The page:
b) posters to display- You can hang them up in your therapy room or even use them as cue cards.

c) written response sheets- You can make an interactive activity with students writing and/or drawing responses.

Check out this FREEBIE at my TpT store.

I wish you and your students a safe and successful school year!

Bitmoji Speech/Language Therapy Room

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When I feel overwhelmed I make pretty things. Or organize. Or organize my pretty things. While I was first resistant to making a bitmoji classroom, I actually found it quite therapeutic! As I saw these cute classrooms come across my feed I had to intentionally give myself permission to NOT make one. I knew it would take effort on my part to learn a new tech skill and there is so much of that these days for me! And I didn’t really have a purpose for it.

But then our district rolled out a universal learning management system for all K-12 teachers (CANVAS). Every student will have their personal CANVAS page and every teacher they have will have their course posted. SLPs are not required to have a CANVAS course and I find the platform frustrating. But as a parent, I can appreciate the one-stop-shop for finding assignments, zoom room numbers, etc. So I decided that I would make a CANVAS page to have a landing spot for my communication info.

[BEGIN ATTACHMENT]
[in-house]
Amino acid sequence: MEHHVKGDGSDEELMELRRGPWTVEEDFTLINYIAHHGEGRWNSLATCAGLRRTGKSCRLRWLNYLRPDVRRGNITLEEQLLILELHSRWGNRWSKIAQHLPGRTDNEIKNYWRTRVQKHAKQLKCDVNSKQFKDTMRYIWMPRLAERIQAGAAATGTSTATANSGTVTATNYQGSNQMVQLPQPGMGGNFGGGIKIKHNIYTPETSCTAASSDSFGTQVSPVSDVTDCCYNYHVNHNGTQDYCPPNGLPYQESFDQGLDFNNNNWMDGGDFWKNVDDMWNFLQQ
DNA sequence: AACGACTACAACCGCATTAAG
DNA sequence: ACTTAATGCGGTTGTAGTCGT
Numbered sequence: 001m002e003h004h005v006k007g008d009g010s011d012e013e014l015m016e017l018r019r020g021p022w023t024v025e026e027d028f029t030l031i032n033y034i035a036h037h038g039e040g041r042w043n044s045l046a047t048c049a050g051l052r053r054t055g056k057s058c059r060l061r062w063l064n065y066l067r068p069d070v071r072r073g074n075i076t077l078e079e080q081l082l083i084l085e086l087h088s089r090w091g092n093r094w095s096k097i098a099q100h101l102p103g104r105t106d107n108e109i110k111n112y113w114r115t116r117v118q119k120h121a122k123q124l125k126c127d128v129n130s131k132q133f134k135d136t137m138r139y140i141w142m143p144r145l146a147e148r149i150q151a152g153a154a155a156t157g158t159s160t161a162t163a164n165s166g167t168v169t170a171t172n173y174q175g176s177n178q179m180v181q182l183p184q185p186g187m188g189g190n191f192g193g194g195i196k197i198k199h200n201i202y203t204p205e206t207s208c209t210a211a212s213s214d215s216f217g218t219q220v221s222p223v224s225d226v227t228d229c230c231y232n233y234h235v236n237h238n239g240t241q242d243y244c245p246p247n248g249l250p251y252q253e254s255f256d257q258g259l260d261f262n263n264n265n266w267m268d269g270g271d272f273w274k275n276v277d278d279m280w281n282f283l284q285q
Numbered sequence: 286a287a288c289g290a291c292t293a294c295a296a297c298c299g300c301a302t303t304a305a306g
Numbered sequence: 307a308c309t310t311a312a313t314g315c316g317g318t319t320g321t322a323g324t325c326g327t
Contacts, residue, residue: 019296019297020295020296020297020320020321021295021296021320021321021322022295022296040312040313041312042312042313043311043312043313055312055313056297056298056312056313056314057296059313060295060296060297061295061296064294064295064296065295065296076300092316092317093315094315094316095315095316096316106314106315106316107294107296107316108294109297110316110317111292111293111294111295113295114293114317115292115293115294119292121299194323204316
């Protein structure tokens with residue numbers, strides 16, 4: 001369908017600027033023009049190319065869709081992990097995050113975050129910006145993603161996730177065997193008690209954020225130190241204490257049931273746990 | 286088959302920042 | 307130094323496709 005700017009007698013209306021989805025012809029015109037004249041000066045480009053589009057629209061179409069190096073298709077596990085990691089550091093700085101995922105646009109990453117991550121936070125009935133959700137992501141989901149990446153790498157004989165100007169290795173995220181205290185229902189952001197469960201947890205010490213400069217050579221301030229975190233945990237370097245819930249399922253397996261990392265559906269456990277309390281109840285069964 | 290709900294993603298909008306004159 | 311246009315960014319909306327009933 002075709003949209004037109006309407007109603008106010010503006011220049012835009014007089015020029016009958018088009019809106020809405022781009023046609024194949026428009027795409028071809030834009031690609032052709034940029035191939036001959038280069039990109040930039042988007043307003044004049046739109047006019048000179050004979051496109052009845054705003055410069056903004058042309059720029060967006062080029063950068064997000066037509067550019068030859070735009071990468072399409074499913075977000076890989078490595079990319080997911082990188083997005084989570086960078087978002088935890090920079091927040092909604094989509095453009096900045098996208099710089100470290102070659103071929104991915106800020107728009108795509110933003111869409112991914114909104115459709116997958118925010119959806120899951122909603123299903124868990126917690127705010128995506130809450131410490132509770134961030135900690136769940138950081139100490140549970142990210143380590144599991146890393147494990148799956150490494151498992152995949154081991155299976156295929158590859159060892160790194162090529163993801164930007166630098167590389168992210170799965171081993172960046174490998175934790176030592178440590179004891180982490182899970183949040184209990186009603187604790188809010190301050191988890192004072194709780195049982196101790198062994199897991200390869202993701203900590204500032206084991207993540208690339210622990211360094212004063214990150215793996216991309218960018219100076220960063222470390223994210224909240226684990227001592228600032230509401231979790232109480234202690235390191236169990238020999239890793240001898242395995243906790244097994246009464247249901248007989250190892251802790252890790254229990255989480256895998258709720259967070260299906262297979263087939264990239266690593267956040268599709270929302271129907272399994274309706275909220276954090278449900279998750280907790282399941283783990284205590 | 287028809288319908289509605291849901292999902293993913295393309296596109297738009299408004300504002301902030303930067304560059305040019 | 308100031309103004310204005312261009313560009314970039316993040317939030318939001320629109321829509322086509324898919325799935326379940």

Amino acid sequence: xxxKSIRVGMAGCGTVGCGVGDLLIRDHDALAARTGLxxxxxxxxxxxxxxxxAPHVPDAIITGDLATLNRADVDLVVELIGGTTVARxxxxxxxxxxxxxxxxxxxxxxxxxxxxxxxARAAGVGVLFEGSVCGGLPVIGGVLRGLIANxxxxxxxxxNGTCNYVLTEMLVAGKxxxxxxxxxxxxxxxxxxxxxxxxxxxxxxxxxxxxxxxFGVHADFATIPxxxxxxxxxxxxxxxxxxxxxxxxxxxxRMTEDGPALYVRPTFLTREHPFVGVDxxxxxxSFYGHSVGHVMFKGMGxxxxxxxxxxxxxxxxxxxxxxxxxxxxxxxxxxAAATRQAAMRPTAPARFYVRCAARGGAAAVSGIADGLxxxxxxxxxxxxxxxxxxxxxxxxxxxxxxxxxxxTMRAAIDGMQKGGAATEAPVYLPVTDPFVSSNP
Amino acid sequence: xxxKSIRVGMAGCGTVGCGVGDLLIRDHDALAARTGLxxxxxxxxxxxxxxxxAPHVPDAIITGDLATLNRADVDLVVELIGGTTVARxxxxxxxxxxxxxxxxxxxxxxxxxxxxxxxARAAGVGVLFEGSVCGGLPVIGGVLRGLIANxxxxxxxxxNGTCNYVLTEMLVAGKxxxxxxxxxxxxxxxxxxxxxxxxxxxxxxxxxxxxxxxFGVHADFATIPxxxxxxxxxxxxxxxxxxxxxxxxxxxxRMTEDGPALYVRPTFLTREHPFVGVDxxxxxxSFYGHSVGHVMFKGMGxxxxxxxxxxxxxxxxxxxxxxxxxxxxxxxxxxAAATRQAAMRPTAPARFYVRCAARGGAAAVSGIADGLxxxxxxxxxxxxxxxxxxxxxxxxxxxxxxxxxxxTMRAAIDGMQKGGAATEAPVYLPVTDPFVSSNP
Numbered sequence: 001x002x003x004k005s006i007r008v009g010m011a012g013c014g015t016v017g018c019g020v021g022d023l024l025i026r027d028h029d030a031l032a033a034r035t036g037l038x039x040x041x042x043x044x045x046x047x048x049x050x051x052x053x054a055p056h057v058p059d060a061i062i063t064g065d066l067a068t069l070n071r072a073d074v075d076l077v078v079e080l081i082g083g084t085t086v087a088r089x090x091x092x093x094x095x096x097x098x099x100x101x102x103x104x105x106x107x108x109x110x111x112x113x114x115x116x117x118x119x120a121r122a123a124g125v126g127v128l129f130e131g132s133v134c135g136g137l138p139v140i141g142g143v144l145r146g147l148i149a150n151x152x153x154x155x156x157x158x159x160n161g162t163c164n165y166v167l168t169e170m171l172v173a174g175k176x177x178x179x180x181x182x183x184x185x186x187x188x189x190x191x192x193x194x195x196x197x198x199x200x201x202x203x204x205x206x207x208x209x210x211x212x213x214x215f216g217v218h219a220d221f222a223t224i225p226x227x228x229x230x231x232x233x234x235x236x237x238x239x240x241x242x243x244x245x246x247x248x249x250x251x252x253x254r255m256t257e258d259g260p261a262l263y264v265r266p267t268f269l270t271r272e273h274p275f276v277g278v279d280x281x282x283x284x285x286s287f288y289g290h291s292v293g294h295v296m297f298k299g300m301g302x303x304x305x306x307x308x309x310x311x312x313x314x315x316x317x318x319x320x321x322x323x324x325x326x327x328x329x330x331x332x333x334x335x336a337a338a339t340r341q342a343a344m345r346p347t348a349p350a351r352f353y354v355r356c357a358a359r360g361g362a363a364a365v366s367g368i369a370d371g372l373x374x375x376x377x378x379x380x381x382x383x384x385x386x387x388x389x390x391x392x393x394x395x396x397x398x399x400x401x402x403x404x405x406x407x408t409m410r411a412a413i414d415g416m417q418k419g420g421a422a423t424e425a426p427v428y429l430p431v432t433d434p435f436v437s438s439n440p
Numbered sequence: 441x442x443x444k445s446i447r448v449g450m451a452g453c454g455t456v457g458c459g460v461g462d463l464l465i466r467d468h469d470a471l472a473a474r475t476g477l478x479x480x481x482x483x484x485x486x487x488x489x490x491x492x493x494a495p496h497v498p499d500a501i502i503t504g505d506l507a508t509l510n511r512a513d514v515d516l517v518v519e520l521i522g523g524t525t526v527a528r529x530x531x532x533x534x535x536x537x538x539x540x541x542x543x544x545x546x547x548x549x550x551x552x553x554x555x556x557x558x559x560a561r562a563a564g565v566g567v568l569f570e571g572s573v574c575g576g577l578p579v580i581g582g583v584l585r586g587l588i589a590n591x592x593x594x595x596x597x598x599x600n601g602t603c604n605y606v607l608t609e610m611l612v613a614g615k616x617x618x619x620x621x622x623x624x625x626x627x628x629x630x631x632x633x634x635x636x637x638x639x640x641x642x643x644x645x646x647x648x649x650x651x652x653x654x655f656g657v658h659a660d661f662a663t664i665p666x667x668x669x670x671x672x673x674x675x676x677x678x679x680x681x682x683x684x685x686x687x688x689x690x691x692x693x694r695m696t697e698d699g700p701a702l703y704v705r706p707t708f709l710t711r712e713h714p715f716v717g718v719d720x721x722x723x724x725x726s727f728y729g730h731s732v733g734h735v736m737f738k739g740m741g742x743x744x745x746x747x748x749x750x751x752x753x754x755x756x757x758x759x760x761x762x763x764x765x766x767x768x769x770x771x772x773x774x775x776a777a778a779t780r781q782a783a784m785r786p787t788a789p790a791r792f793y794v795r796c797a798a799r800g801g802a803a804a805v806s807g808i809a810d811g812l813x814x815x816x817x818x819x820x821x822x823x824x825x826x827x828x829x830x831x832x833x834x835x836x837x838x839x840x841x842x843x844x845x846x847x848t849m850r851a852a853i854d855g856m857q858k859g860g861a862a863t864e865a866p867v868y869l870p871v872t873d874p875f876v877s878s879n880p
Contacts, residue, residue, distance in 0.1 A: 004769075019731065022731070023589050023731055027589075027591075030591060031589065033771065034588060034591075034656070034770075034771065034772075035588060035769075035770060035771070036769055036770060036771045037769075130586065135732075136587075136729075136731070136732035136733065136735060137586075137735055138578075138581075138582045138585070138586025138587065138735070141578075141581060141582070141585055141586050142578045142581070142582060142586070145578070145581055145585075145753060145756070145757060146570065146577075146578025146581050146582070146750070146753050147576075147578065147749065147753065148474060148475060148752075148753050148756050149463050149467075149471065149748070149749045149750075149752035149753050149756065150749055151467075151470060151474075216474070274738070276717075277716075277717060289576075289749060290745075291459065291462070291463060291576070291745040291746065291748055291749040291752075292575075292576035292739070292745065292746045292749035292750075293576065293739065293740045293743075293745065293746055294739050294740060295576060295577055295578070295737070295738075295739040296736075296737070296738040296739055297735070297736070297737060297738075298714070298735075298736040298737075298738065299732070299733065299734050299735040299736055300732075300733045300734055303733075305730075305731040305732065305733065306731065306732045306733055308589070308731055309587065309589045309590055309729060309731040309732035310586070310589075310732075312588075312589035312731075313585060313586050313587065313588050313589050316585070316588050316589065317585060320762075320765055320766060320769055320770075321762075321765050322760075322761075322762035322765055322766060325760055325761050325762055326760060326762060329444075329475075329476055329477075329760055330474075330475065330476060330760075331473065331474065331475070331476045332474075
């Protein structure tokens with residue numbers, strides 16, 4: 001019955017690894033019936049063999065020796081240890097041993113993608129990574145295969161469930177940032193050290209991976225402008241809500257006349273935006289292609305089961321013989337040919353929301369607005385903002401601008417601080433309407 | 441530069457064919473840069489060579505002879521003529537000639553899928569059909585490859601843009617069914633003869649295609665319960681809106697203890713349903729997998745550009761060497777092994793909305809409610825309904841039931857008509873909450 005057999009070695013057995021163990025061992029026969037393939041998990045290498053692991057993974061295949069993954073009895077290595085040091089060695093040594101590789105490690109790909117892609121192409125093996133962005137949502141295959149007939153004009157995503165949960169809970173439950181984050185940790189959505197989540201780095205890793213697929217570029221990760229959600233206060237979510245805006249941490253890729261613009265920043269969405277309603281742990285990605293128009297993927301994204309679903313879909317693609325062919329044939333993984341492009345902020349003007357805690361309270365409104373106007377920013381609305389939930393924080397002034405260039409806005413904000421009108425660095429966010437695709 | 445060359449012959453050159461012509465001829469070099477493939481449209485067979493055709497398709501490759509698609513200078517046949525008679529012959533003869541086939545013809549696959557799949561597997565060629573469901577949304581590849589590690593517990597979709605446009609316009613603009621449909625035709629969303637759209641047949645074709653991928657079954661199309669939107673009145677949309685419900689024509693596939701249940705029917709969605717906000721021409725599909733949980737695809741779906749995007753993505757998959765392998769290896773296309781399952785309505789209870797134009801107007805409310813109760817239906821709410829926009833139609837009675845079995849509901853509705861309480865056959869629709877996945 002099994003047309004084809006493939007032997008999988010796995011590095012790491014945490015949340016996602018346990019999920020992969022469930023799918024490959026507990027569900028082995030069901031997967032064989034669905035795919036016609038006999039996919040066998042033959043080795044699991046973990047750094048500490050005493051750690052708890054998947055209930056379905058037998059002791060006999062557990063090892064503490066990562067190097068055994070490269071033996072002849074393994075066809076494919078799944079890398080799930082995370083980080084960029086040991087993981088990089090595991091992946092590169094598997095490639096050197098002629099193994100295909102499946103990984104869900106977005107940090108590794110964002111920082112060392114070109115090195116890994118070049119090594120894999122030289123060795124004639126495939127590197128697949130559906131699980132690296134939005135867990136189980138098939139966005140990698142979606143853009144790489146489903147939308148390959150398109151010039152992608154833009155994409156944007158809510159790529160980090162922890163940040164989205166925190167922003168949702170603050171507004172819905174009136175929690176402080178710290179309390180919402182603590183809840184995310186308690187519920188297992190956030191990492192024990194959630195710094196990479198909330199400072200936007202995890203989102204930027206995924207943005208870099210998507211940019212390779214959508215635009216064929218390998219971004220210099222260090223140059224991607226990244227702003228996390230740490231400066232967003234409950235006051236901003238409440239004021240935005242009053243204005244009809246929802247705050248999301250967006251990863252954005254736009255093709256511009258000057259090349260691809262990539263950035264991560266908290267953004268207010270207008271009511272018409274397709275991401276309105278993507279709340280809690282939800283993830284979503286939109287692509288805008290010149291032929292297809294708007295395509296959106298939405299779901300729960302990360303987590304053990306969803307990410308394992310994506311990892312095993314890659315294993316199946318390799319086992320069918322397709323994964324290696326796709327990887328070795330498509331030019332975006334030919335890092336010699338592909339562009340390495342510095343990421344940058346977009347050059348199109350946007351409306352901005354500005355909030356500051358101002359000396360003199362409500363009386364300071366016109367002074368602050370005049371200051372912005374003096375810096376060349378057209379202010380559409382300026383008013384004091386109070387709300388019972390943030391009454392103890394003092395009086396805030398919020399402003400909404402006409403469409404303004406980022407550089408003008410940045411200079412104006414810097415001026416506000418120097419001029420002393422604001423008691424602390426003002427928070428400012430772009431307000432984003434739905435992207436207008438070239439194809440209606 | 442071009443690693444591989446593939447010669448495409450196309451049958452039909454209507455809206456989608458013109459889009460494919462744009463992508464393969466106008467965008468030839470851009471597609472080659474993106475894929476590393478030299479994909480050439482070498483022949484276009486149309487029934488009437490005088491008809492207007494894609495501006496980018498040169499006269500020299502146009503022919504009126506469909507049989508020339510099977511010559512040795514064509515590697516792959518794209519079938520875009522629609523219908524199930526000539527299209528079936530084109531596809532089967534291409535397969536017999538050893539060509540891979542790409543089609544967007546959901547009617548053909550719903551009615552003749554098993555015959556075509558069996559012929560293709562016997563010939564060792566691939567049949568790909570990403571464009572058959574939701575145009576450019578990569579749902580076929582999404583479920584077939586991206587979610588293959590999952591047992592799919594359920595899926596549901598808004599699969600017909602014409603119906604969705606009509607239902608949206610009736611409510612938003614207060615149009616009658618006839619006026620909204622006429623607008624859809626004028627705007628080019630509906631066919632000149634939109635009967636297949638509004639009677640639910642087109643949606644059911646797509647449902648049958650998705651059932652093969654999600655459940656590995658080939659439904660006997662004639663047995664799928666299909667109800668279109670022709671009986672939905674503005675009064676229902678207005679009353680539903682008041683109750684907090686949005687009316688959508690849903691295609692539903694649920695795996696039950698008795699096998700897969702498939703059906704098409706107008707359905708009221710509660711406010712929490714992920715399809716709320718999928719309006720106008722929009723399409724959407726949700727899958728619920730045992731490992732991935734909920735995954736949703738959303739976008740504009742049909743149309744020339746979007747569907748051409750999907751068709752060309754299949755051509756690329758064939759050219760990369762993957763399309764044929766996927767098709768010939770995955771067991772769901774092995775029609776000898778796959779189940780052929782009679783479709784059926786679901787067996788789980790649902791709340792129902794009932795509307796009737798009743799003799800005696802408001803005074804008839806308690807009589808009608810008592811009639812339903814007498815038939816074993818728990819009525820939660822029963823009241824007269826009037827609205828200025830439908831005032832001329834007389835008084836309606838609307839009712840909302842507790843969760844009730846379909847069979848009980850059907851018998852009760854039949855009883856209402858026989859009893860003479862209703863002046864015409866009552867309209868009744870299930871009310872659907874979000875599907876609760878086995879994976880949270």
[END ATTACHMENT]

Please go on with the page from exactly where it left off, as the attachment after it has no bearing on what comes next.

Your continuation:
Enter my bitmoji classroom! It has familiar components that students will recognize, like the EET and Zones of Regulation posters, games and books they love, and my bulletin board fabric, and my rug! (If only my therapy room had painted white brick, wood floors, and lounging sloths!) This will allow me to have a customized CANVAS page with links to my zoom room and therapy platform (we will be using presence learning). Students will load that course and will have access to everything in one spot. Maybe later I’ll get fancy and link other things to it, but for now it is serving as an accessible homepage for my families to know where to go to find me ūüôā